Vol. 2 No. 1 (2022)
Theatre as International Enterprise

Musical Theatre as an Object of Transnational Political Exchange: The Case of Isaac Dunayevsky’s Operettas in Czechoslovakia

Vojtěch Frank
Univerzita Karlova, Filozofická fakulta, Knihovna Ústavu hudební vědy

Published 2022-06-16

Keywords

  • operetta, socialist culture, cultural transfer, Soviet music, Czechoslovak history, Czechoslovak culture, Isaac Dunayevsky

How to Cite

Frank, Vojtěch. 2022. “Musical Theatre As an Object of Transnational Political Exchange: The Case of Isaac Dunayevsky’s Operettas in Czechoslovakia”. Historical Studies on Central Europe 2 (1):219-36. https://doi.org/10.47074/HSCE.2022-1.10.

Abstract

The paper focuses on the ways Czech-language theatres in Czechoslovakia were dealing
with the obligatory presence of Soviet operetta titles in their repertoire, dating from about 1950
to 1989. The reform of Czech musical theatre began right after World War II. In search of the right,
nationalized form of operetta, Czech theatre organs soon understood that the example must be
drawn from the hegemonic Soviet culture. In the Soviet discourse, mainly Isaac Dunayevsky’s
operettas were considered masterpieces, and Czech theatre politicians were soon paying their
attention to them. After some initial difficulties in obtaining material for the operettas, Dunayevsky’s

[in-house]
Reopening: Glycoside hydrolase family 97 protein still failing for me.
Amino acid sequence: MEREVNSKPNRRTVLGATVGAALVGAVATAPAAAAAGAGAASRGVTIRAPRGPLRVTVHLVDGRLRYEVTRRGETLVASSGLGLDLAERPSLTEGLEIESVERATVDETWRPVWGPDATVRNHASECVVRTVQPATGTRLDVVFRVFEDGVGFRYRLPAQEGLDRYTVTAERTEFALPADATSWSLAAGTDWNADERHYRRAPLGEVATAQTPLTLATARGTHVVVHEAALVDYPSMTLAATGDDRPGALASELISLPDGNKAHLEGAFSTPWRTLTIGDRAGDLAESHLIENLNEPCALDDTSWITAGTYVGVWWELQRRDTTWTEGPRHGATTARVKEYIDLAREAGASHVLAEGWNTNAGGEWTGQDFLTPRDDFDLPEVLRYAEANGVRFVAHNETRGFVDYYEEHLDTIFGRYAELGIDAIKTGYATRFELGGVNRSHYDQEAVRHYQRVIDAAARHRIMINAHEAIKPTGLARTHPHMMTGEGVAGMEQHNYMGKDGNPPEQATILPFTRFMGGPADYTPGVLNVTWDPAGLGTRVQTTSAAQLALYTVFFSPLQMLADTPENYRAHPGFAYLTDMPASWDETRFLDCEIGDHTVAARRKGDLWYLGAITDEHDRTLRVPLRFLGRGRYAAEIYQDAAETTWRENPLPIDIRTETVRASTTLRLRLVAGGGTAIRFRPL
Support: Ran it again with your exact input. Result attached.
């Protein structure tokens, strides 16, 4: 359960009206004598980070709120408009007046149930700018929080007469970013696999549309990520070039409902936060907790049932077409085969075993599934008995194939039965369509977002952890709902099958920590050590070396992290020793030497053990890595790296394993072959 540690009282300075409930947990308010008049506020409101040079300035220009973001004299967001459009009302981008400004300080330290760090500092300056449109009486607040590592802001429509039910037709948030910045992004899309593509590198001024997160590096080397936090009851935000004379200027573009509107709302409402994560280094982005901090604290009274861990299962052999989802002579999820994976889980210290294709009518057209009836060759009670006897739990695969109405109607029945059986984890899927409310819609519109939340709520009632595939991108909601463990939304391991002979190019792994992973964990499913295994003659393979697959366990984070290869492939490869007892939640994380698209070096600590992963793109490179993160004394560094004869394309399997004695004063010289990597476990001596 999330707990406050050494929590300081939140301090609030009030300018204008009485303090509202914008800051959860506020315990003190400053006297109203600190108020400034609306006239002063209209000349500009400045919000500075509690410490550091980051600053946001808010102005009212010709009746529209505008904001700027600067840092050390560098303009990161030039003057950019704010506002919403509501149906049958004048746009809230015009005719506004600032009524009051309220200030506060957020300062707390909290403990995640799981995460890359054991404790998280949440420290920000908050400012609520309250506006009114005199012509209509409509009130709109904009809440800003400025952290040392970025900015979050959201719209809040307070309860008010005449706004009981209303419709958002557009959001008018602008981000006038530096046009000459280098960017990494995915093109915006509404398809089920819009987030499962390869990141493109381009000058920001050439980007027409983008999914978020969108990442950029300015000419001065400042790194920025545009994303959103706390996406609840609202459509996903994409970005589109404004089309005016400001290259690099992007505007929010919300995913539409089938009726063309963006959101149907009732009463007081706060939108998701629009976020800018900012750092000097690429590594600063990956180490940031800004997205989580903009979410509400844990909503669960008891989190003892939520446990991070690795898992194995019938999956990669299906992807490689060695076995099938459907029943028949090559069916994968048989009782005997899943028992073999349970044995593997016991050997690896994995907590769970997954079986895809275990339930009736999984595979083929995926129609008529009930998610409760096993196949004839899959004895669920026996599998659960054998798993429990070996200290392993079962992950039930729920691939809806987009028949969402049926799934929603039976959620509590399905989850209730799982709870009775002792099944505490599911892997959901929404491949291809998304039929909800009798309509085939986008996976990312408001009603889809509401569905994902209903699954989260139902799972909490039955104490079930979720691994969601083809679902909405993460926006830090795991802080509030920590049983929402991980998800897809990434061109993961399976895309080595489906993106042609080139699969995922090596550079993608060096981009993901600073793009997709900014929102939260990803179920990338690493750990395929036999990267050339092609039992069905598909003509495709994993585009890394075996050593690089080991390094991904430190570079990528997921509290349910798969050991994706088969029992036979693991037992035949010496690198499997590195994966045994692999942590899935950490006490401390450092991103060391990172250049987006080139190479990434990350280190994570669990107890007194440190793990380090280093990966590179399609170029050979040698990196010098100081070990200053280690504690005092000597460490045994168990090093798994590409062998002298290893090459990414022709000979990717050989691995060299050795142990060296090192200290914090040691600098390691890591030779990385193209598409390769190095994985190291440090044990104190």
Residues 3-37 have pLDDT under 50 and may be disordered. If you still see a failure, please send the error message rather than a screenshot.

pieces entered Czech theatre and stayed on the repertoire to the beginning of the 1960s. After
the Warsaw Pact Invasion in 1968, Soviet operettas re-entered the theatres’ repertoire; however,
their reception and staging circumstances were much more complicated. The paper focuses on the
main tendencies in staging Dunayevsky’s operettas in Czechoslovakia, the political and cultural
background of productions, and the various ways of presenting it in Czech society and culture. The
cultural and historical microprocesses analysed may then throw light on a wider range of historical
and cultural phenomena, including cultural transfers and relations between Czechoslovakia and the
Soviet Union, the discrepancies between the official and unofficial discourse, as well as the role of
popular musical theatre in a socialist society.